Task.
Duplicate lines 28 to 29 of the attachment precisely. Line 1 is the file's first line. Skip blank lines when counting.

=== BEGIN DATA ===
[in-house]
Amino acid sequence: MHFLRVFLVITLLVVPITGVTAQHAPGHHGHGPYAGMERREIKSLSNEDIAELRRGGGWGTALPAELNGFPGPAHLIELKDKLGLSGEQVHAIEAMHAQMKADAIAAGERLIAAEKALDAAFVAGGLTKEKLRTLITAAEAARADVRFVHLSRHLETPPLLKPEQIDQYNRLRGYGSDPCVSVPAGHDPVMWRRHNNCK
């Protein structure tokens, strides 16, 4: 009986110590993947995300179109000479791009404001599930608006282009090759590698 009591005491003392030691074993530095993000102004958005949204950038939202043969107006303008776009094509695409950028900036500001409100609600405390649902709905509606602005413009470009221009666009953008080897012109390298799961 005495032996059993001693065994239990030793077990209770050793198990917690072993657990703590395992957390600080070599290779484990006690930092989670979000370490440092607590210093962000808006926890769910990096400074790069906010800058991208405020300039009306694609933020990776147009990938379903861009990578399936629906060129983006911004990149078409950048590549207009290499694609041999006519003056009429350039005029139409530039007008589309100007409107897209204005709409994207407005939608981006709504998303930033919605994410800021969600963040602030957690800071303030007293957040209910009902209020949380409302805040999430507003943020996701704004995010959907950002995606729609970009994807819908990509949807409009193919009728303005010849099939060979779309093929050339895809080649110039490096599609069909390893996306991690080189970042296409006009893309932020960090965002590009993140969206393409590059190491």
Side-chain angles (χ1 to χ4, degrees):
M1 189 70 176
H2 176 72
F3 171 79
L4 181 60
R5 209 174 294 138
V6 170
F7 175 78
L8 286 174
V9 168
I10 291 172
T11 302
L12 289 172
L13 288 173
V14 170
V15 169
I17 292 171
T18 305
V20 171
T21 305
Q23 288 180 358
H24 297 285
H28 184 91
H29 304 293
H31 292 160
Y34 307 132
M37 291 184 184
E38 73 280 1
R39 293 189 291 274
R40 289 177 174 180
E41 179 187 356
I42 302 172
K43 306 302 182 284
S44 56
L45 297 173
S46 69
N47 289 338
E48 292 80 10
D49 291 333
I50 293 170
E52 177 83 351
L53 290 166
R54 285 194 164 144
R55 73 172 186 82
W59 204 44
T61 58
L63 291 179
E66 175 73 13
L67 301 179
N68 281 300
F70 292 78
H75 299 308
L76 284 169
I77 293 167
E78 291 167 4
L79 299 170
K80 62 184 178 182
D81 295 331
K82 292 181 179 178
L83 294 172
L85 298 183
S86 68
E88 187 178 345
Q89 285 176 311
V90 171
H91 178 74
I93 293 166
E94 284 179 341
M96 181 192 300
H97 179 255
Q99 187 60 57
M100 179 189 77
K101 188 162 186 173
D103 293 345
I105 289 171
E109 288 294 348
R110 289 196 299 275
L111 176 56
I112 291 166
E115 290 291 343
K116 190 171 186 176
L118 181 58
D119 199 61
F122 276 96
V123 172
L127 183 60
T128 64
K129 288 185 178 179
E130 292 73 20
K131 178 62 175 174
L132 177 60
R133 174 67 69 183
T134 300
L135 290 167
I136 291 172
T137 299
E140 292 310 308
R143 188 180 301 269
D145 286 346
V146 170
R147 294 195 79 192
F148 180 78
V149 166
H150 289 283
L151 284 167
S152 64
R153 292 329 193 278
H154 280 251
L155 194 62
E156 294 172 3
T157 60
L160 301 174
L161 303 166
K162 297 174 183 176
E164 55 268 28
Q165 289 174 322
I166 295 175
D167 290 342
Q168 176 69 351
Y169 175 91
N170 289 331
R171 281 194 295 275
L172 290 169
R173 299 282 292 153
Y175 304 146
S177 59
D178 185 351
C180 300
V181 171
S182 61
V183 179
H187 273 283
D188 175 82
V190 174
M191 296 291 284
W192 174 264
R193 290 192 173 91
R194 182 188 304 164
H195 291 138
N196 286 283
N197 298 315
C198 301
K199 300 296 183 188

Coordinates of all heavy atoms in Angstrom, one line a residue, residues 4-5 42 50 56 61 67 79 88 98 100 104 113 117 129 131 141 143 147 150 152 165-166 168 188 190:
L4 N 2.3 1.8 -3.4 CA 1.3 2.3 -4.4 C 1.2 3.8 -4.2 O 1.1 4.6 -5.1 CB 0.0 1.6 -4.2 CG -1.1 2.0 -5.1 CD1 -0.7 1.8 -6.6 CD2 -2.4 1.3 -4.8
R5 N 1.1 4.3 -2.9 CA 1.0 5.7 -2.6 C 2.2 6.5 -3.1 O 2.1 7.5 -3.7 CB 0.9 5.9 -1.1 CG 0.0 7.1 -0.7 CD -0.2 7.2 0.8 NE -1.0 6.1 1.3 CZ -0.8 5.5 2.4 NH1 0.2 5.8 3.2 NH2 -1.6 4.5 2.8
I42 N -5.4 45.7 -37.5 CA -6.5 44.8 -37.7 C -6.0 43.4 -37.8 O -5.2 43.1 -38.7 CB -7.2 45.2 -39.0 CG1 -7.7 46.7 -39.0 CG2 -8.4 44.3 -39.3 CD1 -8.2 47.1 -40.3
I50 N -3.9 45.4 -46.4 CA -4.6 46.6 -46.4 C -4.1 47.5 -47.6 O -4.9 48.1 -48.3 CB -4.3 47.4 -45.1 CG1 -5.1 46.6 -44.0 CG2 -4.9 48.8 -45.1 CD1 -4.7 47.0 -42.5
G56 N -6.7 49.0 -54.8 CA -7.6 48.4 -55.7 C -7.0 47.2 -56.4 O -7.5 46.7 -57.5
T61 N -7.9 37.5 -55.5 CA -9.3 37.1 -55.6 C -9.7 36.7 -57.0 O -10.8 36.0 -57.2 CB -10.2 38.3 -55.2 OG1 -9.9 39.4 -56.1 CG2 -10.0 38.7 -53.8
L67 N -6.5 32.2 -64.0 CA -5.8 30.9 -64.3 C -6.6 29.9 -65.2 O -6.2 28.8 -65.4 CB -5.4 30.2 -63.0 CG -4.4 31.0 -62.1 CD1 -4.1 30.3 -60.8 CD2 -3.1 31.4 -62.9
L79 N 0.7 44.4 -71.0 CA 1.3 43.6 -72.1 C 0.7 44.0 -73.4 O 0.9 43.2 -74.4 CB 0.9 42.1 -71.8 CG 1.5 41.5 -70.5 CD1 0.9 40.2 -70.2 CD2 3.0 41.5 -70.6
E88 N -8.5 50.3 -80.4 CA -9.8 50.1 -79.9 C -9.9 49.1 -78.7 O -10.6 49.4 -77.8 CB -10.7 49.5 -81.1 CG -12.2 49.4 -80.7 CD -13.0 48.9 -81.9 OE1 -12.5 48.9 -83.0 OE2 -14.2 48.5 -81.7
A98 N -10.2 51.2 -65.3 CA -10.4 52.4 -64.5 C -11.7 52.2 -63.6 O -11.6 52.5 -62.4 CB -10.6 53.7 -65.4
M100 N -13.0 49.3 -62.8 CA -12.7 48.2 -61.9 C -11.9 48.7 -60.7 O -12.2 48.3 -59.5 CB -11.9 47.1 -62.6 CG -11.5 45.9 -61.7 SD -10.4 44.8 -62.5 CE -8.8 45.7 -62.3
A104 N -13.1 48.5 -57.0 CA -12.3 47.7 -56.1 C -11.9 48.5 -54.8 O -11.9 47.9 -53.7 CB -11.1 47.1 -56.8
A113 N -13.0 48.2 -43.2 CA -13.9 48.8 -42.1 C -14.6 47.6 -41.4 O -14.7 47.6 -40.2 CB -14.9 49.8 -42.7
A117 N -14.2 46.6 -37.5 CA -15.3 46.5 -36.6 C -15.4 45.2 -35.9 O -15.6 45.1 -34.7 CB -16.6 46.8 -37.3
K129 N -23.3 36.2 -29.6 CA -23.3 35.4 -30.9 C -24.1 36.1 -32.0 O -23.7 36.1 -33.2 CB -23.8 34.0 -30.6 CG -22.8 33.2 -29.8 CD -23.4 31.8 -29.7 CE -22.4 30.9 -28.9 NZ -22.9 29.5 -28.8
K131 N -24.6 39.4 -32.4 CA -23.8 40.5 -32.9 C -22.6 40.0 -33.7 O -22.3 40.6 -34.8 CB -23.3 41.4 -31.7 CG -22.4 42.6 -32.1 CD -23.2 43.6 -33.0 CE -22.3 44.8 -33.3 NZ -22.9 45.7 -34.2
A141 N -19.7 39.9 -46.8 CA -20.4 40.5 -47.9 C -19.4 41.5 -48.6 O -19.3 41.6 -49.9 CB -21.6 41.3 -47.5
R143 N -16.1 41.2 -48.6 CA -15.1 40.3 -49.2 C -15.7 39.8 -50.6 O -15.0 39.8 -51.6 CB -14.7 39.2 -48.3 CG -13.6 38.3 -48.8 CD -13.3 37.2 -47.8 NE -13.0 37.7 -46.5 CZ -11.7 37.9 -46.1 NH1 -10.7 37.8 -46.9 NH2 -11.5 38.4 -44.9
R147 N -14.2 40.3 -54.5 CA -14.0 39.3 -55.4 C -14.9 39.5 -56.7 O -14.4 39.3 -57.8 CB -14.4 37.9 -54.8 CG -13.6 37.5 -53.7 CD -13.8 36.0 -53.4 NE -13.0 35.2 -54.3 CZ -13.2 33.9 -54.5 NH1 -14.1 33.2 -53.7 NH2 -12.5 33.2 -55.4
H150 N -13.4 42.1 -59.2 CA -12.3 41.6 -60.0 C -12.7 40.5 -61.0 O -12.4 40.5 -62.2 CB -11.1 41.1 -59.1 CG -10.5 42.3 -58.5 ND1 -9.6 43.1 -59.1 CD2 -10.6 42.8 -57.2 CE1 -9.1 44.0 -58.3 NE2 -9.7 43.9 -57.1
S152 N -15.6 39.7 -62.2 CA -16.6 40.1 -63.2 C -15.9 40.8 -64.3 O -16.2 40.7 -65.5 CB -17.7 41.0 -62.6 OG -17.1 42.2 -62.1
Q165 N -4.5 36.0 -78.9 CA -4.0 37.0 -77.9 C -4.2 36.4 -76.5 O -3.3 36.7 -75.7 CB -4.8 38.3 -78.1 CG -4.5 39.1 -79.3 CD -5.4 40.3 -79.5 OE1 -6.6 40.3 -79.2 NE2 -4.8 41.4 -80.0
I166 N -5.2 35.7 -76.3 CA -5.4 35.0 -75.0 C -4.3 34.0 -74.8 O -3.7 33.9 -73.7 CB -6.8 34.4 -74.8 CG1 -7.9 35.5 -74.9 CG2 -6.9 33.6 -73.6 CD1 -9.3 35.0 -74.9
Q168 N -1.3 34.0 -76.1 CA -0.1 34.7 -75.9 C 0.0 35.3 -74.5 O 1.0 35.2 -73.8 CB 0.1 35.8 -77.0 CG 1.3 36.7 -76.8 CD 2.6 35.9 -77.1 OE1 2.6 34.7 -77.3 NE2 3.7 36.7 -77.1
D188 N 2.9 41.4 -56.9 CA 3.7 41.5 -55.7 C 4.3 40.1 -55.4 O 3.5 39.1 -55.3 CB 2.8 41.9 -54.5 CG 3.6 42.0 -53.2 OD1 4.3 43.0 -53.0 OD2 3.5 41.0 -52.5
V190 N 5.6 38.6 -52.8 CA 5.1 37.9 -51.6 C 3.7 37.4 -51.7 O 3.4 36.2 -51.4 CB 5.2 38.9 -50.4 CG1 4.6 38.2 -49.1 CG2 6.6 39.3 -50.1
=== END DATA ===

H31 292 160
Y34 307 132